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optic tectum

optic tectum

Optic Tectum

The optic tectum (OT) and its mammalian equivalent, the superior colliculus (SC), is a key processing centre for sensory information.  The OT receives the majority of its inputs from the retina and constructs an image of the physical surroundings.  Through connections with several other regions of the brain, it integrates visually acquired information with motor inputs and outputs to initiate appropriate behavioural responses. 

midbrain navigation OT-01.png

The main input of the OT comes from the retina in the form of the topographically mapped retinotectal projections of the retinal ganglion cells (RGCs), but it also has bilateral connections with the pretectum, dorsal thalamus (which relays the tectal signals to the telencephalon), dorsal tegmentum, nucleus isthmi, reticular formation and controlateral tectum. The OT also receives input from the torus longitudinalis (TL), a structure that serves as a relay of telencephalic inputs. Most of the afferents from these different sources terminate in different, characteristic layers of the OT, a feature important for its coordinating and integrating roles. 

During embryogenesis, the tectum develops from the simple neuroepithelium of the mesencephalic alar plate into a complex, multilayered structure, one of the most conserved sections of the vertebrate brain.

In most vertebrates three tectal layers can be distinguished: the superficial and central zones, where the tectal afferents end, and the periventricular zone (SPV), where the majority of the tectal cell bodies reside. The superficial and central zones can be subdivided into further layers, but the number of these varies among phyolgenetic groups. In fish the superficial zone consists of the stratum marginale (SM) and stratum opticum (SO); the central zone consists of the stratum fibrosum et griseum superficiale (SFGS), stratum griseum centrale (SGC) and stratum album centrale (SAC). 

In a typical teleost, the OT contains between 11-15 morphologically distinct cell types are distinguishable, with the most abundant cells (over 90% of the total) being piriform neurons. These observations based on classical staining procedures, however, most likely understate the true diversity of the tectal neurons, as morphologically similar neurons can express very different transcription factor combinations.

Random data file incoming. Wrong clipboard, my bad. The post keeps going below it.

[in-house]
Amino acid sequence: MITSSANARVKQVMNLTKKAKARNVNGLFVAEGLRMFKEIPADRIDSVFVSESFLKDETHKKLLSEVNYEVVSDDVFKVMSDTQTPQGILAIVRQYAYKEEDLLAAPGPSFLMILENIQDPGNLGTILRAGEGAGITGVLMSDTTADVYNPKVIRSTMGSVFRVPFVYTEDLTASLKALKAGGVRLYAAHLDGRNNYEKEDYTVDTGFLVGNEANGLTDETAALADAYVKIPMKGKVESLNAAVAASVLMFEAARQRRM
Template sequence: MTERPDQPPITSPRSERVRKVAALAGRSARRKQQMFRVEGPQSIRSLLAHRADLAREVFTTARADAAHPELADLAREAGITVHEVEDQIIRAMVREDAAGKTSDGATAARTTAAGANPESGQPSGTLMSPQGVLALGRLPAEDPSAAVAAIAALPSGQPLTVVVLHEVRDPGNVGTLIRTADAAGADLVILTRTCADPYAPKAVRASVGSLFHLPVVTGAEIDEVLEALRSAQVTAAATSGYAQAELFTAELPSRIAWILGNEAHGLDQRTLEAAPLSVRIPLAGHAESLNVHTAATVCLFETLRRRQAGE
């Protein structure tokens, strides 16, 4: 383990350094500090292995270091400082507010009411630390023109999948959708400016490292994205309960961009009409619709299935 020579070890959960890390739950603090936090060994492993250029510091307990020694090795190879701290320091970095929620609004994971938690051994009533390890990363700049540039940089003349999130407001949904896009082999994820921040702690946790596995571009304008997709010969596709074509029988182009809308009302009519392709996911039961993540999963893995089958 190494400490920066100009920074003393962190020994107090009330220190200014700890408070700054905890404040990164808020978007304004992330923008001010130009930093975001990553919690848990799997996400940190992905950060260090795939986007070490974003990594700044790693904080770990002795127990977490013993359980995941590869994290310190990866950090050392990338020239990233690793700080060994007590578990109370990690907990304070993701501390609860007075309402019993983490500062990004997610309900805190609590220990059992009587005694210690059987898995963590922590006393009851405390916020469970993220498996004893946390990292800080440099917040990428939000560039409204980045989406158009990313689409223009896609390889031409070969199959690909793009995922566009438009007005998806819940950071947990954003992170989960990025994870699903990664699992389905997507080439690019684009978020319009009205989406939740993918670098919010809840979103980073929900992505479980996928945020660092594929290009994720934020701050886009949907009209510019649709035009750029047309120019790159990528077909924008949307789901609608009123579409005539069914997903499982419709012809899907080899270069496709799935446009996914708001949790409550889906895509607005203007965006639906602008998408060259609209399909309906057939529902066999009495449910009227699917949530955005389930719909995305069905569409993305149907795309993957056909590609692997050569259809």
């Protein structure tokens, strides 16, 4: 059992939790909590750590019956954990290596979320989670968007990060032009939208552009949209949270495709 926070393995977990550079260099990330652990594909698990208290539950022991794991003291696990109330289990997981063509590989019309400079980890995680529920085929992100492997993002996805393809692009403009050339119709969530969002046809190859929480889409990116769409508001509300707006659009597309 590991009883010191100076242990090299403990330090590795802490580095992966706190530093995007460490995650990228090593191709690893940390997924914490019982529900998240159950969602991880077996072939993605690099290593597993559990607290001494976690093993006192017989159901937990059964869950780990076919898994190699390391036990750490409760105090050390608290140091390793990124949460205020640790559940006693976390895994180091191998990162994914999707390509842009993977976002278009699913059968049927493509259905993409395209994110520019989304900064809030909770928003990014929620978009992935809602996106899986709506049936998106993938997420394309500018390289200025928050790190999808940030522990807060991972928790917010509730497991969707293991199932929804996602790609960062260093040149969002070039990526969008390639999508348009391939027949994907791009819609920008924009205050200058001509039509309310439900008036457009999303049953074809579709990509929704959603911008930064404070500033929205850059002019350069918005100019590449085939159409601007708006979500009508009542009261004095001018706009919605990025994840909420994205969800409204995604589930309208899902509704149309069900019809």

The OT/SC coordinates the saccadic/microsaccadic eye movements of vertebrates and through the integration of topographic optic- and somatosensory information it regulates the motor functions of prey-catching and avoidance behaviours in frogs, and possibly humans. In teleosts tectal size and complexity varies depending on the behaviour and ecological niche of the fish: species that process more visual information have larger tecta.

Tectal Growth
Fish continuously grow throughout their life, thus unlike in mammals, where the neurogenic capacity of the SC diminishes postnatally, the neural stem cell niche of the OT in teleosts is preserved and the proliferation of tectal progenitor cells continues well into adulthood and most likely throughout the life of the animals. 

The progenitor cells of the OT in zebrafish reside at the mediocaudal edge of the tectal hemispheres, adjacent to the tectal ventricles. Similarly to the stem cells located in the zebrafish cerebellum, and unlike the neural progenitors of the mammalian brain, these cells are neuroepithelial in their character and do not express glial markers.

The retinotectal pathway: formation and maintenance of topographic visual maps

One of the hallmark features of the vertebrate visual system is the topographic organization of the retinotectal projections. Retinal ganglion cells (RGCs) from the retina project through the optic chiasm to the controlateral tectal hemisphere, and through a seemingly simple matching rule Cartesian coordinates of the eye are projected on the OT. RGCs located in the nasal part of the retina project project to the caudal part of the controlateral OT, whereas temporal RGCs project rostrally. Similarly, the medial/dorsal parts of the controlateral tectal hemisphere receive projections from ventral RGCs, while the lateral/ventral tectal neurons are innervated by the dorsal retina. Intermediate RGCs terminate in the apporpriate intermediate position of the OT.

A further layer of complexity of retintotectal projections is added by the presence of multiple RGC subtypes in the retina. Although the axons of these ganglion cells traverse the tectum together through the SO, at their appropriate termination sites they will project to subtype-characteristic layers of the OT/SC.

Authors: Kara Cerveny and  Máté Varga.  


is part of: midbrain

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Transgenic Lines/Antibodies that label this brain region

Key Publications

Butler, A. B. and Hodos, W. (2005).
 Comparative vertebrate neuroanatomy : evolution and adaptation.
 Hoboken, N.J.: Wiley-Interscience.

Ito, Y., Tanaka, H., Okamoto, H. and Ohshima, T. (2010).
Characterization of neural stem cells and their progeny in the adult zebrafish optic tectum.
Dev Biol 342, 26-38.

Nevin, L. M., Taylor, M. R. and Baier, H. (2008).
Hardwiring of fine synaptic layers in the zebrafish visual pathway.
Neural Dev 3, 36.

Robles, E., Smith, S.J., and Baier, H. (2011)
Characterization of genetically targeted neuron types in the zebrafish optic tectum.
Frontiers in neural circuits. 5:1.